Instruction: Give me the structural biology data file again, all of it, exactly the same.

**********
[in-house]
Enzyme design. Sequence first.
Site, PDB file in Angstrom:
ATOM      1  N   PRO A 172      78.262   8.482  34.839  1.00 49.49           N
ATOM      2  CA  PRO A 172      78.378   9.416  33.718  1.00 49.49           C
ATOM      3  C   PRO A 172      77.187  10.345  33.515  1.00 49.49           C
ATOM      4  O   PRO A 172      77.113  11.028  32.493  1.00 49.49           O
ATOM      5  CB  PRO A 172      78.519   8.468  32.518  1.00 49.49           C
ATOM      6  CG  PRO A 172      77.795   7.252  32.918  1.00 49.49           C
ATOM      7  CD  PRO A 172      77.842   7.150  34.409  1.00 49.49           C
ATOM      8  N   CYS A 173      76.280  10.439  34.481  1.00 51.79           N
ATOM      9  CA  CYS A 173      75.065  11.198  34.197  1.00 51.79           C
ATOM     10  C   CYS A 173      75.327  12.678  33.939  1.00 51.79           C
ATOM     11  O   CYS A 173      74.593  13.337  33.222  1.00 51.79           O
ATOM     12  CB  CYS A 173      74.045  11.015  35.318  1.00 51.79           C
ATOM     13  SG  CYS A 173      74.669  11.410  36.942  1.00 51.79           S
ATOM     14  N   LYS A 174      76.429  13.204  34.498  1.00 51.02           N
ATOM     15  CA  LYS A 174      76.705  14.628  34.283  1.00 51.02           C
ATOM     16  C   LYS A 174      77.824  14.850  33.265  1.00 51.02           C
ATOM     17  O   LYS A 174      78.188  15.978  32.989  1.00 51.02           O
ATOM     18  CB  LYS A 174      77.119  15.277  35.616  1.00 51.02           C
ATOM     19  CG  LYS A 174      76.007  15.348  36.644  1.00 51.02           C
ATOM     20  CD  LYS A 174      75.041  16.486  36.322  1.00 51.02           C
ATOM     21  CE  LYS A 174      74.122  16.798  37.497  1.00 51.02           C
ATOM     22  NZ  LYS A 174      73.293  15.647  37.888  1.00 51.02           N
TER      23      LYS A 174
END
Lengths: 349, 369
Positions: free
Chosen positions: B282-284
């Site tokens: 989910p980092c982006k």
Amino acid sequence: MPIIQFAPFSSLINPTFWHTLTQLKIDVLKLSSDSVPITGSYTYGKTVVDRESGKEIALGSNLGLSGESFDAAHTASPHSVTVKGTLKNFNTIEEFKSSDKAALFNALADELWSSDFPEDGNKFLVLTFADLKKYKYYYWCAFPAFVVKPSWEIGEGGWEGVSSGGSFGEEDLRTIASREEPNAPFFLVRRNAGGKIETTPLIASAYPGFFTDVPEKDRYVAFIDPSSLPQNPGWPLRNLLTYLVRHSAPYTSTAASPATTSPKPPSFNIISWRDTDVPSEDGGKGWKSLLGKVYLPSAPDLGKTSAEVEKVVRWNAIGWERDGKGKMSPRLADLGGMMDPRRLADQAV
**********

[in-house]
Enzyme design. Sequence first.
Site, PDB file in Angstrom:
ATOM      1  N   PRO A 172      78.262   8.482  34.839  1.00 49.49           N
ATOM      2  CA  PRO A 172      78.378   9.416  33.718  1.00 49.49           C
ATOM      3  C   PRO A 172      77.187  10.345  33.515  1.00 49.49           C
ATOM      4  O   PRO A 172      77.113  11.028  32.493  1.00 49.49           O
ATOM      5  CB  PRO A 172      78.519   8.468  32.518  1.00 49.49           C
ATOM      6  CG  PRO A 172      77.795   7.252  32.918  1.00 49.49           C
ATOM      7  CD  PRO A 172      77.842   7.150  34.409  1.00 49.49           C
ATOM      8  N   CYS A 173      76.280  10.439  34.481  1.00 51.79           N
ATOM      9  CA  CYS A 173      75.065  11.198  34.197  1.00 51.79           C
ATOM     10  C   CYS A 173      75.327  12.678  33.939  1.00 51.79           C
ATOM     11  O   CYS A 173      74.593  13.337  33.222  1.00 51.79           O
ATOM     12  CB  CYS A 173      74.045  11.015  35.318  1.00 51.79           C
ATOM     13  SG  CYS A 173      74.669  11.410  36.942  1.00 51.79           S
ATOM     14  N   LYS A 174      76.429  13.204  34.498  1.00 51.02           N
ATOM     15  CA  LYS A 174      76.705  14.628  34.283  1.00 51.02           C
ATOM     16  C   LYS A 174      77.824  14.850  33.265  1.00 51.02           C
ATOM     17  O   LYS A 174      78.188  15.978  32.989  1.00 51.02           O
ATOM     18  CB  LYS A 174      77.119  15.277  35.616  1.00 51.02           C
ATOM     19  CG  LYS A 174      76.007  15.348  36.644  1.00 51.02           C
ATOM     20  CD  LYS A 174      75.041  16.486  36.322  1.00 51.02           C
ATOM     21  CE  LYS A 174      74.122  16.798  37.497  1.00 51.02           C
ATOM     22  NZ  LYS A 174      73.293  15.647  37.888  1.00 51.02           N
TER      23      LYS A 174
END
Lengths: 349, 369
Positions: free
Chosen positions: B282-284
């Site tokens: 989910p980092c982006k």
Amino acid sequence: MPIIQFAPFSSLINPTFWHTLTQLKIDVLKLSSDSVPITGSYTYGKTVVDRESGKEIALGSNLGLSGESFDAAHTASPHSVTVKGTLKNFNTIEEFKSSDKAALFNALADELWSSDFPEDGNKFLVLTFADLKKYKYYYWCAFPAFVVKPSWEIGEGGWEGVSSGGSFGEEDLRTIASREEPNAPFFLVRRNAGGKIETTPLIASAYPGFFTDVPEKDRYVAFIDPSSLPQNPGWPLRNLLTYLVRHSAPYTSTAASPATTSPKPPSFNIISWRDTDVPSEDGGKGWKSLLGKVYLPSAPDLGKTSAEVEKVVRWNAIGWERDGKGKMSPRLADLGGMMDPRRLADQAV